Have you ever been asked that absurd question of if you had three wishes, what would you wish for? I can never answer because not only is the question ridiculous but the possibilities are too immense. World peace? Of course. A global commitment to protecting the Earth. Yes. Calorie free brownies that don't taste like cardboard. Definitely. But what I really want is a greenhouse.
In the UK greenhouses seem as ubiquitous as giant, bloated cars are in the United States. Here they are rare creatures, indeed. But lacking the boat load of money required to have one built or the handy skills to build one myself, I have to fall back on my main talents: absolute determination and a large supply of tin foil.
Under all this aluminum fabulousness, are several annuals and a tomato. T5 grow lights hang suspended from the green cords. These shelves in my basement hold my kids old toys and games.
I plant my seeds directly into large plastic cups with holes burned into the bottom with a hot screwdriver tip that I've heated on the stove. This gives them plenty of room to develop strong root systems. I also makes it easy to write the name of the seeds on the cup to avoid confusion. Gomphrena need darkness to germinate so I experimented by covering one cup with newspaper and one cup with foil. The seeds in the newspaper covered cup germinated very quickly while the other cup only has a few seedlings. Bronze fennel grows next to the gomphrena.
I think the germination rate on the ammi and scarlet flax must be close to 100%. Both groups of seedlings have already been thinned heavily. I have the lights very low for the plants that like full sun and higher for those that need partial shade so I don't burn the seedlings.
Growing my seeds in large cups also reduces the need for repeated transplanting. I'll eventually separate this into two groups of seedlings and keep them in their cups until it's time to plant them outside. As the plants grow larger, I'll add a cheap plastic tray to the bottom to keep them watered. Right now, I just mist them with a spray bottle.
This seed starter is much lighter than regular potting soil.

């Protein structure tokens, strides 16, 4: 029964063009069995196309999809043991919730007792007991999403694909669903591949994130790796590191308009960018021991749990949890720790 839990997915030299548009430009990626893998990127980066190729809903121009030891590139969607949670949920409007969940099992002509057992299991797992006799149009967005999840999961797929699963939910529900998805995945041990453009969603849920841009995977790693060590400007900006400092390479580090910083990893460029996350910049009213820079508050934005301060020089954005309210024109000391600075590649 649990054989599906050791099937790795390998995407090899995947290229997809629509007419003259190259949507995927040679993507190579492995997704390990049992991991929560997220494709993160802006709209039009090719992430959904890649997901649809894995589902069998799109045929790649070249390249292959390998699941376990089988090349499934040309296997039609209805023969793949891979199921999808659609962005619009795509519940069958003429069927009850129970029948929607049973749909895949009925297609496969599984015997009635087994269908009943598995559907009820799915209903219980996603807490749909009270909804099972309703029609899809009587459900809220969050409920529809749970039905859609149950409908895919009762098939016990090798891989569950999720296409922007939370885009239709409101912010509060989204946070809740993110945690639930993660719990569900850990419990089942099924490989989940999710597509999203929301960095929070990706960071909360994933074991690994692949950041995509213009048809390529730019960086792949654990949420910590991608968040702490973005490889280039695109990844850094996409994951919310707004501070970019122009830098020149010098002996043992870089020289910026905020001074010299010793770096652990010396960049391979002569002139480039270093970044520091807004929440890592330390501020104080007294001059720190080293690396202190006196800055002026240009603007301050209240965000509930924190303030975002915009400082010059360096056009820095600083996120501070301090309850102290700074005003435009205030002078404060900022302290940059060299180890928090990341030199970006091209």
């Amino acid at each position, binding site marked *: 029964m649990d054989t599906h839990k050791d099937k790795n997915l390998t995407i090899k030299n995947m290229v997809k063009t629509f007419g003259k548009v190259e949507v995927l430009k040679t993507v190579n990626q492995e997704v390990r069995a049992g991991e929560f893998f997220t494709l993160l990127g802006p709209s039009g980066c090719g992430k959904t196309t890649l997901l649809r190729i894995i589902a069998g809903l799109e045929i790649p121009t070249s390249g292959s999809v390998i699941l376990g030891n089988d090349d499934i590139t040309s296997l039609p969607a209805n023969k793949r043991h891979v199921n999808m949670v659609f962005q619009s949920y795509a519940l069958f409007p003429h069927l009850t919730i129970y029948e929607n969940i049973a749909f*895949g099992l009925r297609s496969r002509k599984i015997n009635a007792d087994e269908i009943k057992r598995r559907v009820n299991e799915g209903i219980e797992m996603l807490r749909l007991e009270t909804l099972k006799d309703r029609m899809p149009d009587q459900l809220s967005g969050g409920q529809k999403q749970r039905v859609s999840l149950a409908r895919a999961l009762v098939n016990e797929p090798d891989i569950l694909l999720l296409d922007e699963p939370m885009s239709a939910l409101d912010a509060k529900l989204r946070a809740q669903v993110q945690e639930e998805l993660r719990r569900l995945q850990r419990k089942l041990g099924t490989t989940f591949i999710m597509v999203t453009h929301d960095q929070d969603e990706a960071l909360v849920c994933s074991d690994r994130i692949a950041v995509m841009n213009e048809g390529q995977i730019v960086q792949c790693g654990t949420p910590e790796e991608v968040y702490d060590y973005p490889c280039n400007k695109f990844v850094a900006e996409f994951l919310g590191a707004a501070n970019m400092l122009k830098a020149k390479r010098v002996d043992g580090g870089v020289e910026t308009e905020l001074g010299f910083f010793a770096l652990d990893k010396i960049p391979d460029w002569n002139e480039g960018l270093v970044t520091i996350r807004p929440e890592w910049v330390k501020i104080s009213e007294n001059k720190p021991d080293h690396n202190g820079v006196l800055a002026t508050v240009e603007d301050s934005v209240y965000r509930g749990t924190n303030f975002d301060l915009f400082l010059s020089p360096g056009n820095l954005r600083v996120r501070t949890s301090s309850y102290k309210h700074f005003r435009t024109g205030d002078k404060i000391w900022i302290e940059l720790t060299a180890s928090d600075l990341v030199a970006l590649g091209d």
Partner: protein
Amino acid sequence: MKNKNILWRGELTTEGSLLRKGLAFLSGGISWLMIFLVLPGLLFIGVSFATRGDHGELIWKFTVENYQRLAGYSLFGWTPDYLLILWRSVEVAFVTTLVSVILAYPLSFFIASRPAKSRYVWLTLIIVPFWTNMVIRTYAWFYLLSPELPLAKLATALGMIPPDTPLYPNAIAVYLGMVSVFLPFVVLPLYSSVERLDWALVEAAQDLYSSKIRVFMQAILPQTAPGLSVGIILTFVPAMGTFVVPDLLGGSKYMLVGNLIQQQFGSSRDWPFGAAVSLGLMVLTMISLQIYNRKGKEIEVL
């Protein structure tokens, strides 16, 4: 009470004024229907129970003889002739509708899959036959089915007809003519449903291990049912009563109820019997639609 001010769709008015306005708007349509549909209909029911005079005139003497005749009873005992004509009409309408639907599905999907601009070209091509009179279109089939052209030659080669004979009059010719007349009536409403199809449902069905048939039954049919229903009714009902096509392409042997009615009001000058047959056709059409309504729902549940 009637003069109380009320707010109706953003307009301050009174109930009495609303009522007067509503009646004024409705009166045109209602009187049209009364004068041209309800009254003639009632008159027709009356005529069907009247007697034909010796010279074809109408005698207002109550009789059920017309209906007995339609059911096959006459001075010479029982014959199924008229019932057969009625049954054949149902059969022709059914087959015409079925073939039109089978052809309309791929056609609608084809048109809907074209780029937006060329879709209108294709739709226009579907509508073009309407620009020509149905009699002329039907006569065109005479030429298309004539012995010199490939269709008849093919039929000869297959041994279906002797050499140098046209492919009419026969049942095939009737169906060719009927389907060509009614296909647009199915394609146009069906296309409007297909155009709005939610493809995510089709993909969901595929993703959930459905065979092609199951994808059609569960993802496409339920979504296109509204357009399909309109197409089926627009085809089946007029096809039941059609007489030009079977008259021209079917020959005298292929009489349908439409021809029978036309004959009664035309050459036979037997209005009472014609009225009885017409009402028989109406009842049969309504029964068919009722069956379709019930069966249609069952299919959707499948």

I crimp the top to increase the heat and keep the light from diffusing into the basement. In late April, I'll be setting up more greenhouses to start the nine different types of zinnias I'm growing this year.
Ammi majus isn't commonly grown here but seeds are found at better garden centers. I planted a tiny seedling in too much shade last year and it died but not before being devoured by a fat happy caterpillar. I am absolutely determined to grow it again.
Last year I grew my seeds on my kitchen counter in a makeshift greenhouse constructed from clamp lights attached to gravel filled wine bottles stuffed into sand filled containers. I shrouded the entire thing in foil and the plants thrived. But it took up a lot of space and worked best with seeds sown in tiny pots. With one light currently pressed into service to keep my basil alive all winter, I still had one light available.
So I made another tin foil greenhouse.
By wrapping three sides in foil, I can direct the light and heat onto the plants. By wrapping four sides in foil, I can burn the house down.
I have two cups of Mortgage Lifter tomatoes under the clamp light and one cup under the other grow lights. Another experiment? But of course! I just can't resist.
I tried winter sowing last year and was only mildly successful. There were some complete disasters, but that's life. Of the plants that died, I think the main problem was a lack of drainage and not enough container depth to allow for strong root development. But some plants may have died from sheer spite. I never rule that out.
So this year I tried again with a different approach. Most winter sowing is done in large milk jugs or soda bottles. But since we don't drink much soda and only buy milk in small containers, I decided to use what I had: lots of empty pots. I also decided to only grow plants that tend to self-sow. Nothing makes you feel more successful than growing plants that don't need your help.
These pots are full of seeds! The pot in the front is full of ammi majus, which has a big taproot and dislikes being transplanted. I'm growing ammi under grow lights, too, but am hoping the winter sown ammi germinates so I have extras to give away to friends. By sowing the plants directly into the pots they'll grow in, I won't have to disturb their roots by transplanting them. These pots are full of ammi, parsley, and rudbeckia hirta (black eyed susans)
The smaller pot is full of parsley seeds while the pot in the middle has linaria 'Fairy Bouquet'. It's already started to sprout! I grow a lot of parsley for the swallowtail butterfly caterpillars native to this area.
I filled the pots with moist potting soil and then topped them with a few inches of extra seed starting soil. I added thin branches from a recently pruned shrub to hold up the plastic. This pot is full of more bronze fennel seeds. I'm hoping to have lots of plants to give away. Bronze fennel attracts many beneficial insects and is a main food source for swallowtail butterfly caterpillars.
When I ran out of skinny branches, I used bamboo stakes.
I covered them with plastic, secured the plastic with a bungy cord and then poked holes to allow heat to escape and moisture to enter.
I tried the milk jug method one more time. In case you weren't sure, this jug contains malva 'Zebrina'. But considering the amazing camouflage provided by my duct tape, I'm surprised you can see this jug at all.
This picture was taken Nov. 1, 2013. By the end of the summer the malva was three feet tall. Even as the rest of the garden went dormant, it soldiered on.
It's also known as French hollyhock, although I'm not sure if the French are aware of that.
Native American mason bee on the French hollyhocks. Apparently, this pollen is served on very small plates and pairs well with a crisp baguette and stinky cheese.